Thursday, 12 December 2013

Christmas, family and the electric fence - building great traditions

As I mentioned in my recent articles, I just love Christmas. Christmas is a great time of year for traditions.

I’ve decided after much thought and observation, that traditions create a sense of security, comfort and togetherness. Traditions shape childhood memories, and they are usually fond ones (unless your family traditions included walking barefooted through a bindi patch on Christmas Eve…unlucky).  Traditions may just be something you have just always done. It doesn’t have to have any great meaning behind it, it doesn’t have to be symbolic or spiritual, it just has to be done…and then done again the next time…and then the time after that (that’s what makes it a tradition).

The familiarity and predictability of rituals or traditions not only create a sense of security, but are also a great source of fun, excitement and anticipation.

We live in such a fast paced techno-gadgety-digital-drivethru-world I think it’s good to take a time out from it, and spend some quality time with the fam-bam making warm and fuzzy memories.

It doesn’t have to be fancy, but it usually involves quality time, which means not staring at your phone the whole time. Sometimes as a parent I actually have to force myself to not take a photo, and to just be in the moment. I do like taking photos, but I don’t want my view of my children’s lives to only be through the screen of a iPhone held at arms length.

Growing up there was an entire neighbourhood that would decorate their houses with painted timber cut outs (of Santa, elves, Nativities etc) and lights. Unbelievably fairy light weren’t invented when I was a kid (does that mean I’m old?). The lights people used were those big coloured light bulbs on a string or spotlights shining on the cut outs. Our family (with many others) made it a tradition every year to walk the whole neighbourhood and oooh and aaah at all the displays. It was pure magic!

We also used to visit a particularly nice Nativity scene at a shopping centre. I remember every year trying to see baby Jesus’ face in the manger…I could never quite see it. I would have loved to climb over the railing and pick him up and just get a good look at Him.

On Christmas Eve we started having a family dinner with all our extended family. There were all the usual festive foods, crackers, carols and laughter. Christmas Eve dinner has become a real highlight for me.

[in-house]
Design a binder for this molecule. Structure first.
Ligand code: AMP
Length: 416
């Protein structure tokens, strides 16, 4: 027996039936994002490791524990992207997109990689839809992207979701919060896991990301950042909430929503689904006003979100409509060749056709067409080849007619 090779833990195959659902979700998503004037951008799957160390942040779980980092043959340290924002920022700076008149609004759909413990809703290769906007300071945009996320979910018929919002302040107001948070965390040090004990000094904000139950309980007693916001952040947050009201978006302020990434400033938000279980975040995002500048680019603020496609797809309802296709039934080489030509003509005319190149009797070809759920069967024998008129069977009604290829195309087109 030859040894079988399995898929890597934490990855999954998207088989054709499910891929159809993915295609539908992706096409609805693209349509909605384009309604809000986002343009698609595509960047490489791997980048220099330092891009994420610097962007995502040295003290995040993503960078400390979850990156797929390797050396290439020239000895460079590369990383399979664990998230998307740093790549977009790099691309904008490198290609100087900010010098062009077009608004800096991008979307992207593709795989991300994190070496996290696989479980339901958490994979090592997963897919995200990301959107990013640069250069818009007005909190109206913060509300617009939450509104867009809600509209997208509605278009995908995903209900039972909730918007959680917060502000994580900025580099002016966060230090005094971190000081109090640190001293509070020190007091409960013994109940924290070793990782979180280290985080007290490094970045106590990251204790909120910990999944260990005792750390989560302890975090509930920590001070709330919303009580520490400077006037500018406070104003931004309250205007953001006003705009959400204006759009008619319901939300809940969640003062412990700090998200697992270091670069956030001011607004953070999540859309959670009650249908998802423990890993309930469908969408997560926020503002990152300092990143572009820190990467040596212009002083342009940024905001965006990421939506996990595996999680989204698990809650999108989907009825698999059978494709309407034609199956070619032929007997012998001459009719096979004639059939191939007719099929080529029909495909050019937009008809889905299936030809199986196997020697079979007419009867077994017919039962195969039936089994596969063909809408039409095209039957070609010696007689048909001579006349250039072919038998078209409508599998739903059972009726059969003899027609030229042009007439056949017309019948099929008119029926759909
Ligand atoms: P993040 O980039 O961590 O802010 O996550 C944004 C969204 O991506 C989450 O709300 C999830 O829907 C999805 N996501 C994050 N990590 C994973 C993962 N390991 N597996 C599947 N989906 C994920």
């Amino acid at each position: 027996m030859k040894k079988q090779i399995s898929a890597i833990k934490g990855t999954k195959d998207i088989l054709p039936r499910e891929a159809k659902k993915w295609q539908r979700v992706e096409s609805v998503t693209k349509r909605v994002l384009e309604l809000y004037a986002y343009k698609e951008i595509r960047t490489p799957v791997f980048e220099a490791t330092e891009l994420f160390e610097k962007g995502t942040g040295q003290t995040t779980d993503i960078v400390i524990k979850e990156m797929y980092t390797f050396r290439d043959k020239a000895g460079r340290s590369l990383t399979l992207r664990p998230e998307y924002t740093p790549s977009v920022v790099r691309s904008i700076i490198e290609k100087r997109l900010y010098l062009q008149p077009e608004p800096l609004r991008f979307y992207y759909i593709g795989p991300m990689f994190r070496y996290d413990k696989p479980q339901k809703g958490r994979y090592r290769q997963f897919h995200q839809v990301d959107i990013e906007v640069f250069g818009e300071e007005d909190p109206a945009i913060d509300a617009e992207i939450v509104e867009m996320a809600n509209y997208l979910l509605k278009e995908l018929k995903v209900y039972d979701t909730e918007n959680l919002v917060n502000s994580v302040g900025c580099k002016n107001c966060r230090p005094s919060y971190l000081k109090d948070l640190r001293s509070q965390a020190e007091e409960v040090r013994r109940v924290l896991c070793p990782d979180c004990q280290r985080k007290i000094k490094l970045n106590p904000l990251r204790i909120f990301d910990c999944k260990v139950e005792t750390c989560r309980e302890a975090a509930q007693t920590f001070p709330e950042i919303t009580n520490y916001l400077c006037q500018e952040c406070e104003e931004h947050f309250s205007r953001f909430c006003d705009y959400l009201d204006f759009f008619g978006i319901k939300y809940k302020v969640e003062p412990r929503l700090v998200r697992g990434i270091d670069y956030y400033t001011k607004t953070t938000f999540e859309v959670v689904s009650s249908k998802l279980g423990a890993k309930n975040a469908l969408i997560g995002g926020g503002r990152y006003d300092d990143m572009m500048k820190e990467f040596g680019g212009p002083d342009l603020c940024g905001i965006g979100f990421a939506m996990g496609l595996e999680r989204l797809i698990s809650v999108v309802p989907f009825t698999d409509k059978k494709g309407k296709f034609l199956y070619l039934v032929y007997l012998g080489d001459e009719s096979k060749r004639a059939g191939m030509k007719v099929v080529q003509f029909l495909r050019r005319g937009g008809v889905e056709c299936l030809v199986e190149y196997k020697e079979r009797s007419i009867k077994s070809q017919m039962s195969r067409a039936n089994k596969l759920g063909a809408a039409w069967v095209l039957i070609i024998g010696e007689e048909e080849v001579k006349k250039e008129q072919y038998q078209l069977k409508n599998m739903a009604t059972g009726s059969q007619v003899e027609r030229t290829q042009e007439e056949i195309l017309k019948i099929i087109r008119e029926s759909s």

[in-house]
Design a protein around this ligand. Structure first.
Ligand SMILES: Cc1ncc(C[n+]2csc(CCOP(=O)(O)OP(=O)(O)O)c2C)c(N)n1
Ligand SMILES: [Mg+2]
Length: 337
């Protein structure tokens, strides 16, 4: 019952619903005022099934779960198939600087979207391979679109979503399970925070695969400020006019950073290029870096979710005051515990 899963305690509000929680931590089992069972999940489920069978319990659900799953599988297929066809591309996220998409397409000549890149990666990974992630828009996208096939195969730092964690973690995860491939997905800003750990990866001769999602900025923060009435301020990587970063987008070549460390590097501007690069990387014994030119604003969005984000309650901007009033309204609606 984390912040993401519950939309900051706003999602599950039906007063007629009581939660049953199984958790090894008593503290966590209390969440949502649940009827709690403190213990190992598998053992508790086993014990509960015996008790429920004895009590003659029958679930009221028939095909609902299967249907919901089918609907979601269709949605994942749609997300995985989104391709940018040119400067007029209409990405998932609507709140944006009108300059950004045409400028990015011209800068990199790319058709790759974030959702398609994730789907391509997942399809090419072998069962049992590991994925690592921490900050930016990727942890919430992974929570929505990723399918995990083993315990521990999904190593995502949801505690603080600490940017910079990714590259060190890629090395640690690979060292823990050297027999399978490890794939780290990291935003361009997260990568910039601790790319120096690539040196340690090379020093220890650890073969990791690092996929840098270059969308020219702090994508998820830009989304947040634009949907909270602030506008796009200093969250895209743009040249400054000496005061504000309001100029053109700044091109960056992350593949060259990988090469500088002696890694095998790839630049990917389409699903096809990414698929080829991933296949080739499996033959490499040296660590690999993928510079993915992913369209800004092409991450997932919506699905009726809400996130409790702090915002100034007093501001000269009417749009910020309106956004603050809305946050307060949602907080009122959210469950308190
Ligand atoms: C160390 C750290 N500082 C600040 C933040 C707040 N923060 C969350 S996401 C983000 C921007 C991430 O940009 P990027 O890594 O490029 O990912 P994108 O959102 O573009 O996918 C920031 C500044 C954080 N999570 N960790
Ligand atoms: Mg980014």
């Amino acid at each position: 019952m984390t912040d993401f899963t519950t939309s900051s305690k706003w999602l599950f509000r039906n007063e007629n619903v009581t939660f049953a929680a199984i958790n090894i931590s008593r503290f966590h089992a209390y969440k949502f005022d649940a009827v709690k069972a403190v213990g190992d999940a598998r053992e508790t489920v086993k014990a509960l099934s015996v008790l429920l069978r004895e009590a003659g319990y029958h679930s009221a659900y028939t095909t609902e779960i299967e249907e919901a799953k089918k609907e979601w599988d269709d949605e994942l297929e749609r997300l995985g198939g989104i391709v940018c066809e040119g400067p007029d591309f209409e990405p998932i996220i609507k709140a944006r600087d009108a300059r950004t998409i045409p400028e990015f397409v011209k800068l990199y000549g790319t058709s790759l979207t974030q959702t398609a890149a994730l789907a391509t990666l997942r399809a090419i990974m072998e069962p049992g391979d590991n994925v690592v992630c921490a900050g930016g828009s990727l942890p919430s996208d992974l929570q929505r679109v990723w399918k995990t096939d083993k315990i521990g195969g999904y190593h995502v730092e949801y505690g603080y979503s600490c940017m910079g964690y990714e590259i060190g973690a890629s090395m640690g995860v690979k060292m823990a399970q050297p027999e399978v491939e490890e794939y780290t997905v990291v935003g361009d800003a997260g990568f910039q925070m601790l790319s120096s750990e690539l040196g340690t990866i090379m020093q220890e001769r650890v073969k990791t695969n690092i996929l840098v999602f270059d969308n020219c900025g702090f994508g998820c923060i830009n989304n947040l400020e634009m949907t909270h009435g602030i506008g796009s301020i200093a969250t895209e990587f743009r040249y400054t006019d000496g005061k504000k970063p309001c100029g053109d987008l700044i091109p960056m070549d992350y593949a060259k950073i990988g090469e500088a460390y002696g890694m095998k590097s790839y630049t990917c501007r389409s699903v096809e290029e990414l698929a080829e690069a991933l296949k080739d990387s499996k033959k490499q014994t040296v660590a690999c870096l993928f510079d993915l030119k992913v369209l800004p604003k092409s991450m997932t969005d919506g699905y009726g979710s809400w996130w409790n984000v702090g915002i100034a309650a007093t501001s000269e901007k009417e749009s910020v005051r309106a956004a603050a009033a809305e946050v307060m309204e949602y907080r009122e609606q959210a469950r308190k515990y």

Christmas morning, after the presents, we went to church. All the kids proudly taking along their favourite toy and blatantly showing it off to all the other kids doing the same thing.

Christmas lunch, we again had a family meal with the extended family. On both sides of my family it was tradition that the family patriarch would be ‘Santa’ and sit by the Christmas tree and call the cousins names out to come and get their presents!!   

With my kids, we still do dinner on Christmas Eve, we look at light displays, but I’ve started a new tradition of going to a Christmas tree farm and cutting down a real tree. We also have a craft day with the cousins and make something Christmassy. This year we are making candles and decorating pine cones.

This was last years tree selection process. What this picture doesn't convey is how hot it was...42 degrees!! Far different from the snow dusted scenes in story books. 'Watch out for snakes' I kept reminding them, which was a bit silly as it would have been way too hot for snakes.
My Dutch friend told me about Sinterklass (Dutch Santa). Apparently his birthday is the 6th of December, he was a real person after all, and if you leave your shoe by the fireplace before his birthday, he comes and leaves chocolate and biscuits in your shoe!! We did it this year and the kids thought it was great so that’s a new tradition that we are going to adopt.

We have loads of little traditions that I won’t bore you with, but the important thing is we do them, and we have fun as a family. Hopefully one day my kids will pass these traditions down to their kids.
This years selection process. Chose a much milder day, and waited until late afternoon...very pleasant.

For kids the Christmas magic is in the belief and in the anticipation, for parents the magic is in watching their children’s excited faces and I imagine for grandparents the magic is watching their children watch their children. Now that would be pretty special.

So what are your family traditions? Inheritance isn’t always money or property…it may be a tradition you have started!

We all probably have some similar traditions like carols, crackers, paper hats and ham, but why don't you start a new one that is unique and meaningful to your family. "Now come on family its time to tie an onion on your belt and all hold hands while grandpa touches the electric fence."

I'd love to hear about any special or unique traditions your family keeps.

Have fun and be merry and keep family traditions alive.


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